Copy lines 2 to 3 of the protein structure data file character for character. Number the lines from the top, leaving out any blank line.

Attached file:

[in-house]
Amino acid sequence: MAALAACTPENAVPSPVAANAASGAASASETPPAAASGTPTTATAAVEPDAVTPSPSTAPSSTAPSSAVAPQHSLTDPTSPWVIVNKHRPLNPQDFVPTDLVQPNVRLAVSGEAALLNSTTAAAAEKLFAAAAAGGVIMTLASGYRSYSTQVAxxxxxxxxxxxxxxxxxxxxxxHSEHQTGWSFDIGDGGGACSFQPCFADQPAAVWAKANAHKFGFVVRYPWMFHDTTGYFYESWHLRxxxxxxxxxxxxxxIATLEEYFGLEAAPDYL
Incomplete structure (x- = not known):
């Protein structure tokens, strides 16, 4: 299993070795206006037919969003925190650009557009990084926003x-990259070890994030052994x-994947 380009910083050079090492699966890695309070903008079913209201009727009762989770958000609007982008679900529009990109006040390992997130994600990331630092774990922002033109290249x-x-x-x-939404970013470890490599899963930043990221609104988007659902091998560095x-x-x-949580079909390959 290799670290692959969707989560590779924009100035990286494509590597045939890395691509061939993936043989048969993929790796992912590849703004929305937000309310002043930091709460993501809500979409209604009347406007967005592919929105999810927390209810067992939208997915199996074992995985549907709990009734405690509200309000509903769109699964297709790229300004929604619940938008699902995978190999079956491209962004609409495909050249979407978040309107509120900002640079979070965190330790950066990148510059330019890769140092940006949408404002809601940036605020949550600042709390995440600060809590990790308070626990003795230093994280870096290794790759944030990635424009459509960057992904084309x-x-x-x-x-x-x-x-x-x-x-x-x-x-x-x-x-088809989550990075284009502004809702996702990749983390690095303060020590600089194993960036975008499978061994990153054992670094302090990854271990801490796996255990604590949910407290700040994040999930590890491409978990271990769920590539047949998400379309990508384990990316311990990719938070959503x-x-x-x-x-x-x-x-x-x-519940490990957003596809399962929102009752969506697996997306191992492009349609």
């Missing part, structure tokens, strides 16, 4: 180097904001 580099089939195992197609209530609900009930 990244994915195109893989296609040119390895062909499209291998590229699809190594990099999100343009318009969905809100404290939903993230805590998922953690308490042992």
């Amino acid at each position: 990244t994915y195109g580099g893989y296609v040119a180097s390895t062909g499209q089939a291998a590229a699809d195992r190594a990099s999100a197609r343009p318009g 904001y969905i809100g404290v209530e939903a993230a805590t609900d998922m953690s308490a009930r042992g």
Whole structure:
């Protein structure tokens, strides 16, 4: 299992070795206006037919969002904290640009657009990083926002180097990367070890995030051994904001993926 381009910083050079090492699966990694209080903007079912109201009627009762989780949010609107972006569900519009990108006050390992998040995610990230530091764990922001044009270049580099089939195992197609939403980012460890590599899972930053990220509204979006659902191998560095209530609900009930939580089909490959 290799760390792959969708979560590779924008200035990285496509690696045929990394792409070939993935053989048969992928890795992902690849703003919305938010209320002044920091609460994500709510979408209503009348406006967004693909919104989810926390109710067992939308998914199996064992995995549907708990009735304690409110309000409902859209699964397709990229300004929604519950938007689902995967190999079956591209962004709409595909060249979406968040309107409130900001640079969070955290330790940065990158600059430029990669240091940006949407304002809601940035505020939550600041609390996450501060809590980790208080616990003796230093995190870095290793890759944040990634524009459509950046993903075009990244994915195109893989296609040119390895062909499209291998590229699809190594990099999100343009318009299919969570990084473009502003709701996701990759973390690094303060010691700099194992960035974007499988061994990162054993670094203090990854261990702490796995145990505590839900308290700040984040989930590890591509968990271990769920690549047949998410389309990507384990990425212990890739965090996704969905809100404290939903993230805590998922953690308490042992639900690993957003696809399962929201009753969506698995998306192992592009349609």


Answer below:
Amino acid sequence: MAALAACTPENAVPSPVAANAASGAASASETPPAAASGTPTTATAAVEPDAVTPSPSTAPSSTAPSSAVAPQHSLTDPTSPWVIVNKHRPLNPQDFVPTDLVQPNVRLAVSGEAALLNSTTAAAAEKLFAAAAAGGVIMTLASGYRSYSTQVAxxxxxxxxxxxxxxxxxxxxxxHSEHQTGWSFDIGDGGGACSFQPCFADQPAAVWAKANAHKFGFVVRYPWMFHDTTGYFYESWHLRxxxxxxxxxxxxxxIATLEEYFGLEAAPDYL
Incomplete structure (x- = not known):